Tom Ewing
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Hidden Damage in US Bridges Could Place Public at Risk

Clutch Performance – C.W. Matthews Finishes Bridge Reconstruction Ahead of Schedule

Tom Ewing’s Environmental Update

*  July ended a NOAA public comment period regarding the North Pacific right whale, the start of a 5-year review under the Endangered Species Act of 1973.  The review “must be based on the best scientific and commercial data available at the time of the review.”  Whales have human friends but maybe not this particular whale.  NOAA’s docket presents just one public comment, which raises important issues about energy exploration, plastic pollution and over-fishing and loss of diet.  NOAA writes that they will continue to accept new information about “any listed species at any time.”  Peeps had better speak up.
*  Check this out: Federal Transit Administration (FTA) proposed new, experimental procedures to encourage increased project management flexibility, more innovation in project funding, improved efficiency, timely project implementation, and new project revenue streams.  What?  Make things quicker, easier and cheaper?  No way!  FTA is seeking comments on its ideas.  Wait a minute – if these revisions could work for FTA, maybe these ideas could extend all through DOT’s empire?  Stay tuned.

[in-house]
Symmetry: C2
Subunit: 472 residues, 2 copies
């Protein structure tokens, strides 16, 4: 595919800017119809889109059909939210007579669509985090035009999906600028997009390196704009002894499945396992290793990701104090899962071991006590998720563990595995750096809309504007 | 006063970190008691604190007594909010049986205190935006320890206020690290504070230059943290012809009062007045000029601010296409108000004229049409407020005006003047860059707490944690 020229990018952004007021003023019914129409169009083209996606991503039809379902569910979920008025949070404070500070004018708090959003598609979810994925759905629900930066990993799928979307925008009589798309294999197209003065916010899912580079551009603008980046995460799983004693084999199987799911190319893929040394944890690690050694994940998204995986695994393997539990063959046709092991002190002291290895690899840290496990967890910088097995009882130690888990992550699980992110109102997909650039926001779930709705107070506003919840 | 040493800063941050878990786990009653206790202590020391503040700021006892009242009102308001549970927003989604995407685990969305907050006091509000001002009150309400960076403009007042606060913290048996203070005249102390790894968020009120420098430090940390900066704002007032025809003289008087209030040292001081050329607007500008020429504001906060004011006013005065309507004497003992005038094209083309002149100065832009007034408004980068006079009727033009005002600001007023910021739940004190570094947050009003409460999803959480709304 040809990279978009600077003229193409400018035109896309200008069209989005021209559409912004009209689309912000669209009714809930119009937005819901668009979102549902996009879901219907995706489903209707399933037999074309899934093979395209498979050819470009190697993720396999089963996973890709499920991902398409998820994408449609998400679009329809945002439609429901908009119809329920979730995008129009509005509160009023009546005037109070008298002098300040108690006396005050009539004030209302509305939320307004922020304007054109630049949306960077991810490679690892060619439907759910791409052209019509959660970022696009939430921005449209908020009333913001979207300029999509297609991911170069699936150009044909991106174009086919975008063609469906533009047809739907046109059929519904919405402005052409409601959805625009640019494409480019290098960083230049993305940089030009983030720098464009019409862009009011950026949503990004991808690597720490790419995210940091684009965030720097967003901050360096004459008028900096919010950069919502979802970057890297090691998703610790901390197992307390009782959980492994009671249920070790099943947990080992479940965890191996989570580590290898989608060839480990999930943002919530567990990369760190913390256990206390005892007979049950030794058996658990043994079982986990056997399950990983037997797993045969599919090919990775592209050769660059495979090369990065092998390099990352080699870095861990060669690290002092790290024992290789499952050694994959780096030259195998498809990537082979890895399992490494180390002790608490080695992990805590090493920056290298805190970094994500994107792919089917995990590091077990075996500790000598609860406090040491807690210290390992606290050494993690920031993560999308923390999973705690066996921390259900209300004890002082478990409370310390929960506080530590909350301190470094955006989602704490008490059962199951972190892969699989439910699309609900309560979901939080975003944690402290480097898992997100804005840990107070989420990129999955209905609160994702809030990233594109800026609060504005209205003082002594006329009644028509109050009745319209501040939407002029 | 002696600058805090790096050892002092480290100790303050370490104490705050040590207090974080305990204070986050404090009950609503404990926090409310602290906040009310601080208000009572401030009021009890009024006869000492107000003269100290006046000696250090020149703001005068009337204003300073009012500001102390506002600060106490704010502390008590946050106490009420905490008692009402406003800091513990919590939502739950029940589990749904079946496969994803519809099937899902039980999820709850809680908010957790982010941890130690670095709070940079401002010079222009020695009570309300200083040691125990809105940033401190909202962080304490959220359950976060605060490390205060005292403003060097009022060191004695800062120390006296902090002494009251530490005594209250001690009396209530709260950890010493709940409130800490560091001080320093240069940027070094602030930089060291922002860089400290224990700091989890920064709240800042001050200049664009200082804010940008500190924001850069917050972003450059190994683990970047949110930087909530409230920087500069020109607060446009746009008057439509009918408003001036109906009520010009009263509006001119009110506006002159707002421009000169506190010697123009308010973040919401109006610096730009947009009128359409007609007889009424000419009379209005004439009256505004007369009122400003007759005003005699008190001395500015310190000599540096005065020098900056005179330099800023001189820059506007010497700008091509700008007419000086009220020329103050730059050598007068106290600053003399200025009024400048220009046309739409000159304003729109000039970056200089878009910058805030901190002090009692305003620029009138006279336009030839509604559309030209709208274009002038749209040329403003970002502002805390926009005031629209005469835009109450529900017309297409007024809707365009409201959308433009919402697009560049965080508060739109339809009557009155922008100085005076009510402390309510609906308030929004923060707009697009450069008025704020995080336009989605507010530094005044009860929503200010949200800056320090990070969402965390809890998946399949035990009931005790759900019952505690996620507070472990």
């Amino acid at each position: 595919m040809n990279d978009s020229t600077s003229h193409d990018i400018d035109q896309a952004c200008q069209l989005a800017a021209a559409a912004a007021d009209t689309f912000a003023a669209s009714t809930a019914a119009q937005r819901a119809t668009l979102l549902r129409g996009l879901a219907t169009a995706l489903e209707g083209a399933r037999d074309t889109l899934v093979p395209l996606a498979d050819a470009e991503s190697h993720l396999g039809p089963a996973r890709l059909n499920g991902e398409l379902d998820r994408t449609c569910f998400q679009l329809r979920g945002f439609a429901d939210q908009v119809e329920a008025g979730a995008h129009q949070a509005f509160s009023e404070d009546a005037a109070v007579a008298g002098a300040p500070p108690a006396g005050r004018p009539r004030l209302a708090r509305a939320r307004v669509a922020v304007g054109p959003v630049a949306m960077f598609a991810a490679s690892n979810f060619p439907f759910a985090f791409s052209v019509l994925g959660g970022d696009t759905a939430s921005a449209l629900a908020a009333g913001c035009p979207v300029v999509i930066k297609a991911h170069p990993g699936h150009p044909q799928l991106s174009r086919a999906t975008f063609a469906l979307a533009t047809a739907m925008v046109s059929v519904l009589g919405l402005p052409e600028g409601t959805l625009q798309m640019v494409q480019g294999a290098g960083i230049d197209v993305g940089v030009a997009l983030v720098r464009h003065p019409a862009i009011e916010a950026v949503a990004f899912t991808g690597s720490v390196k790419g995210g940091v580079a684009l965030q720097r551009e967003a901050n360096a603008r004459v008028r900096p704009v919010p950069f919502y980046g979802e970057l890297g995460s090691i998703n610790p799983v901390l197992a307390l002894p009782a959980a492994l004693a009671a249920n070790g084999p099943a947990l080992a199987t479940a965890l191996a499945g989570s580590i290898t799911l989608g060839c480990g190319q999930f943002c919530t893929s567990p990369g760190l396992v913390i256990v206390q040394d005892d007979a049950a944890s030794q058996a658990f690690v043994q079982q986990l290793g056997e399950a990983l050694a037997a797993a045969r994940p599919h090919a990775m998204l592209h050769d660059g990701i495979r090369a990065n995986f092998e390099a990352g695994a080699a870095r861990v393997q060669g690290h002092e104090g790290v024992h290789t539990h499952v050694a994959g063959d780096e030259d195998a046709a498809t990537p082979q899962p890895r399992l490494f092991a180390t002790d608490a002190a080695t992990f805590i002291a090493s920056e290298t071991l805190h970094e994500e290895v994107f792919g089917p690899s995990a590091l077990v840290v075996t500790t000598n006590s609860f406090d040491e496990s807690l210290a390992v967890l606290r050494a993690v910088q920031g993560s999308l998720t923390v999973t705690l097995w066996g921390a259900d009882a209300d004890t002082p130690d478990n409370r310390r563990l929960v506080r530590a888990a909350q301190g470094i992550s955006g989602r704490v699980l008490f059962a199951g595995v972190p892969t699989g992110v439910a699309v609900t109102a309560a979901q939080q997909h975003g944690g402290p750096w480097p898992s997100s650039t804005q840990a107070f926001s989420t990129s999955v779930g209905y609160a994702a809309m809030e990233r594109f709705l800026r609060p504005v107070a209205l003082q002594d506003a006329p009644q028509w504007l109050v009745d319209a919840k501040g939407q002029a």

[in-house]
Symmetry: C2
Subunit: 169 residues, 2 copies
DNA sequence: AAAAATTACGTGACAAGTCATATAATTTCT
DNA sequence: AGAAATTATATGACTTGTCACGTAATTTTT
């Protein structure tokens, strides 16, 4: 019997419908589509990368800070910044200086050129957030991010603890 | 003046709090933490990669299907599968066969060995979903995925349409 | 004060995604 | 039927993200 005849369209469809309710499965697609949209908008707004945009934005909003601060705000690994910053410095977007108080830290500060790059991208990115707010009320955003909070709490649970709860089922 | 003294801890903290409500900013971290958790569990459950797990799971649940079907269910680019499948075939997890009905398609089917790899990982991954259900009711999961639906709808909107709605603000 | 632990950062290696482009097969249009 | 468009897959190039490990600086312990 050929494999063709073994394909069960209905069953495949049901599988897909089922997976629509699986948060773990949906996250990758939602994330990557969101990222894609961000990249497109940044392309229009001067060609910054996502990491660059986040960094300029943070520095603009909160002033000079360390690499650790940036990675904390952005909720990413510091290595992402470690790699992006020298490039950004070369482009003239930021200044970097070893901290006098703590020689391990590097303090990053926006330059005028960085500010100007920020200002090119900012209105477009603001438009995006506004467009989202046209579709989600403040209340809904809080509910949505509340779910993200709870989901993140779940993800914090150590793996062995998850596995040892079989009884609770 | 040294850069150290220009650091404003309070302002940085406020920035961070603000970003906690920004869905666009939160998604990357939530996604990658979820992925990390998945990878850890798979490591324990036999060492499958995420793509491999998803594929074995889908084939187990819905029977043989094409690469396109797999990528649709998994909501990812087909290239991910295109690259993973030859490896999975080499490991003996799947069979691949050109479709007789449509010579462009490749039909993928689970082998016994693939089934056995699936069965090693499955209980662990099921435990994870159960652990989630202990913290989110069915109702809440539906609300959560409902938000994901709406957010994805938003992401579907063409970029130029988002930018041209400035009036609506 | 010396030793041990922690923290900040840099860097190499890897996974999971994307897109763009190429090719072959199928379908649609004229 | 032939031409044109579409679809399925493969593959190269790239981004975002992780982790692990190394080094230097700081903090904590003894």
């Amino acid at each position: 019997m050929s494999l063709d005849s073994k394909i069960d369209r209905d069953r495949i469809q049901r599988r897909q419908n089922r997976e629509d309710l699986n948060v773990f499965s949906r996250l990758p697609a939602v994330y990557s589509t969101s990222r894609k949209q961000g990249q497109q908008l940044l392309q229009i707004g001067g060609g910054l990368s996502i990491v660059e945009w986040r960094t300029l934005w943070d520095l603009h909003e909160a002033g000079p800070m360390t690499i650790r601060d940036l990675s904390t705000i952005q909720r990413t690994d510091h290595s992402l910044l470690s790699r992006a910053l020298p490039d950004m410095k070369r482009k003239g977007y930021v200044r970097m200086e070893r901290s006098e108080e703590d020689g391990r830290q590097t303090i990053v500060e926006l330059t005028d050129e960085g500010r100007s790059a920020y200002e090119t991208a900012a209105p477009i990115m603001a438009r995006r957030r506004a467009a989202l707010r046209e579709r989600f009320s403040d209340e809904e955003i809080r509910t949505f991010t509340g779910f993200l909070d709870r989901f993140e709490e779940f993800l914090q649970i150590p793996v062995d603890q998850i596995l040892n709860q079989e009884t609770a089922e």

*  The Department of Commerce announced last week that US coal companies will supply coal to the Ukraine’s state-owned power generation company Centrenergo PJSC.  This is about power, and, of course, power, i.e., the military-political realpolitik of who is squeezing whom, and who or why they can get away with it.  If you’re a Mom in Kiev trying to keep your kids warm and the charming Mr. Putin is withholding Russia’s natural gas to teach you a lesson, well, you’re probably pretty glad to have a diversified fuel source.  In a way, it’s all still like that old Berlin airlift thing isn’t it…?  Sorry, drifting off topic…

Tom Ewing